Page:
Field data from channels in the Henry Mountains of Utah demonstrate that abundant coarse sediment can inhibit fluvial incision into bedrock by armoring channel beds (the cover effect). We compare several small channels that share tributary junctions and have incised into the same sedimentary bedrock unit (Navajo Sandstone) but contain differing amounts of coarse diorite clasts owing to the spatial distribution of localized sediment sources. Bedrock channels that contain abundant clasts (diorite-rich) have steeper longitudinal slopes than tributaries of these channels with smaller drainage areas and less sediment (diorite-poor). The diorite-poor tributaries have incised more deeply to lower average slopes and have more reach-scale slope variability, which may reflect bedrock properties, longitudinal sediment sorting, and incision at lower sediment supply. Diorite-rich channels have less bedrock exposed and smoother longitudinal profiles than diorite-poor channels. We find that (1) coarse sediment can. mantle bedrock channel beds and reduce the efficiency of incision, validating the hypothesized cover effect in fluvial incision models; (2) the channel slope needed to transport the sediment load can be larger than that needed to erode bedrock, suggesting that the slope of incising bedrock channels can become adjusted to the sediment load; (3) when abundant sediment is available, transport capacity rather than thresholds of motion can be dominant in setting bedrock channel slope; and (4) cover effects can be important even when moderate amounts of bedrock are exposed in channel beds.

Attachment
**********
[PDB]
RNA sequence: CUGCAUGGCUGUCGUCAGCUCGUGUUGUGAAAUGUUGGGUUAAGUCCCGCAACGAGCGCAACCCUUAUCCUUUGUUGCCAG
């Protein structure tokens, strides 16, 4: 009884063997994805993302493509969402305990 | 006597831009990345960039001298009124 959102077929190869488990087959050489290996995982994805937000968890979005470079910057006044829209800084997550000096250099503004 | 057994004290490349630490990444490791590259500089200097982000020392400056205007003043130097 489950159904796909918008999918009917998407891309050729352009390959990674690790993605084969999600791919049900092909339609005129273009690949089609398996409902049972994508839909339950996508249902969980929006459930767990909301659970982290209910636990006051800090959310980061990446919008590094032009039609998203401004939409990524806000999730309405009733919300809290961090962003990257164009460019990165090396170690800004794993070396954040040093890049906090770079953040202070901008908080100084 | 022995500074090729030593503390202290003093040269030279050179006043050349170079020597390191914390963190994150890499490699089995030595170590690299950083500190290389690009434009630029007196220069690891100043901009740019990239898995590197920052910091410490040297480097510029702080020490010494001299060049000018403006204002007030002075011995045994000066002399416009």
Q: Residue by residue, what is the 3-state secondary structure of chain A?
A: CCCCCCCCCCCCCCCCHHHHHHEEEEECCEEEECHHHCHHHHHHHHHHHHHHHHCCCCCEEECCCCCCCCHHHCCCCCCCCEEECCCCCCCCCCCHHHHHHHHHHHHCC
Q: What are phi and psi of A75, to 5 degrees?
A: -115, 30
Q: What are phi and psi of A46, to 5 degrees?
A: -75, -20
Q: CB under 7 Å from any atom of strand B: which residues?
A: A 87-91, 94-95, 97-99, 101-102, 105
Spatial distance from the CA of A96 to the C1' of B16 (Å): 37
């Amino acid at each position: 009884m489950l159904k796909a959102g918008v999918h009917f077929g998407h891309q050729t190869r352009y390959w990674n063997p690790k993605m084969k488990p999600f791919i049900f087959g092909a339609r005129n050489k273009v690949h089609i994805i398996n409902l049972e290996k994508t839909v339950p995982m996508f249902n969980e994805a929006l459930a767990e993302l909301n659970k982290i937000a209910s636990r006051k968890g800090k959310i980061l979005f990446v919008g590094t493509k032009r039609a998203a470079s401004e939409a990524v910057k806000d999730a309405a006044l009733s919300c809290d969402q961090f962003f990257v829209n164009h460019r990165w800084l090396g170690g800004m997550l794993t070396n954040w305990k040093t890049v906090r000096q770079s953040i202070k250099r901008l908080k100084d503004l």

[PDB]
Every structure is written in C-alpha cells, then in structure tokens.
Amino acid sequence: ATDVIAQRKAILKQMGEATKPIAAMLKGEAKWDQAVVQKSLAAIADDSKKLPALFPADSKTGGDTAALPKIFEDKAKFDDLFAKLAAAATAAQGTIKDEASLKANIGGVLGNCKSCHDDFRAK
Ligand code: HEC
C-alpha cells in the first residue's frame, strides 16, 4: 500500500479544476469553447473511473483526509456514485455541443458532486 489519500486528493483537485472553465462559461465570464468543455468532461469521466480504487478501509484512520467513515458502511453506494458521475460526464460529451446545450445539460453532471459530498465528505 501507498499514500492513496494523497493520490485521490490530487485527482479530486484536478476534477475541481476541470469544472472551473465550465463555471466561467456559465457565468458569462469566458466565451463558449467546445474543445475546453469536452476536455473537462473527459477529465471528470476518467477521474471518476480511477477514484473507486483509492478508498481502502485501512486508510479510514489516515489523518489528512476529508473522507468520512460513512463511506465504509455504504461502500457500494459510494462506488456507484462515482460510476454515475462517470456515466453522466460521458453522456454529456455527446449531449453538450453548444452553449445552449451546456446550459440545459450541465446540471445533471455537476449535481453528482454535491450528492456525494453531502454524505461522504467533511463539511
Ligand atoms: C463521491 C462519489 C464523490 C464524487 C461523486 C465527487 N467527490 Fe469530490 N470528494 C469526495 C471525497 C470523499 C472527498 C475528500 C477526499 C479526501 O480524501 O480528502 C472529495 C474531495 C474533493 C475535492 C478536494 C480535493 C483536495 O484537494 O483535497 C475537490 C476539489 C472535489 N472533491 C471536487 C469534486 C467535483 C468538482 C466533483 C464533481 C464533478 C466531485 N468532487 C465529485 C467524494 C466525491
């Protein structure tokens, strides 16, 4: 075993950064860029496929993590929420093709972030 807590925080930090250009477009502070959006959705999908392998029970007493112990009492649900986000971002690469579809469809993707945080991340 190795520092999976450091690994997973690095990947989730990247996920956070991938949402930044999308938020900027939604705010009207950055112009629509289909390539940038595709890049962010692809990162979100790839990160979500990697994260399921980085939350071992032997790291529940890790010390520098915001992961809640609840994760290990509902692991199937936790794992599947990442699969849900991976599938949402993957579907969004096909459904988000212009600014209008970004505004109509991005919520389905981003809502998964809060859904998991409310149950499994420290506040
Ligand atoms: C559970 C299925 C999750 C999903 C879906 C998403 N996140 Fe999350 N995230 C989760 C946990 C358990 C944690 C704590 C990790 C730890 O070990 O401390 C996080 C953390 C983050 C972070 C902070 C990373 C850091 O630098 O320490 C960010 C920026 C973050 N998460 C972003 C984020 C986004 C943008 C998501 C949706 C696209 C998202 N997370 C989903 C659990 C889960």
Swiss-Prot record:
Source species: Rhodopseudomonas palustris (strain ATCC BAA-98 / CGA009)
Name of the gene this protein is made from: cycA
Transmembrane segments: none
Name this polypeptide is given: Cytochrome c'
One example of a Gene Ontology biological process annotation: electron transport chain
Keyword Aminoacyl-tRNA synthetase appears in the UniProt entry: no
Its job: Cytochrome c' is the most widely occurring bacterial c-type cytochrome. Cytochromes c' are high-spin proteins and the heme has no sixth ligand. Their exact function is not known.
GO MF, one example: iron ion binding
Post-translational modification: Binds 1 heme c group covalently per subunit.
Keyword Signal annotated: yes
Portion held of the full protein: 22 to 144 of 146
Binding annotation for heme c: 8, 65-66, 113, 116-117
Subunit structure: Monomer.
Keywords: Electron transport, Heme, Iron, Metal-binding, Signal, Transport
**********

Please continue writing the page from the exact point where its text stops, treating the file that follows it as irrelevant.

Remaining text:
ASJC Scopus subject areas
- Earth-Surface Processes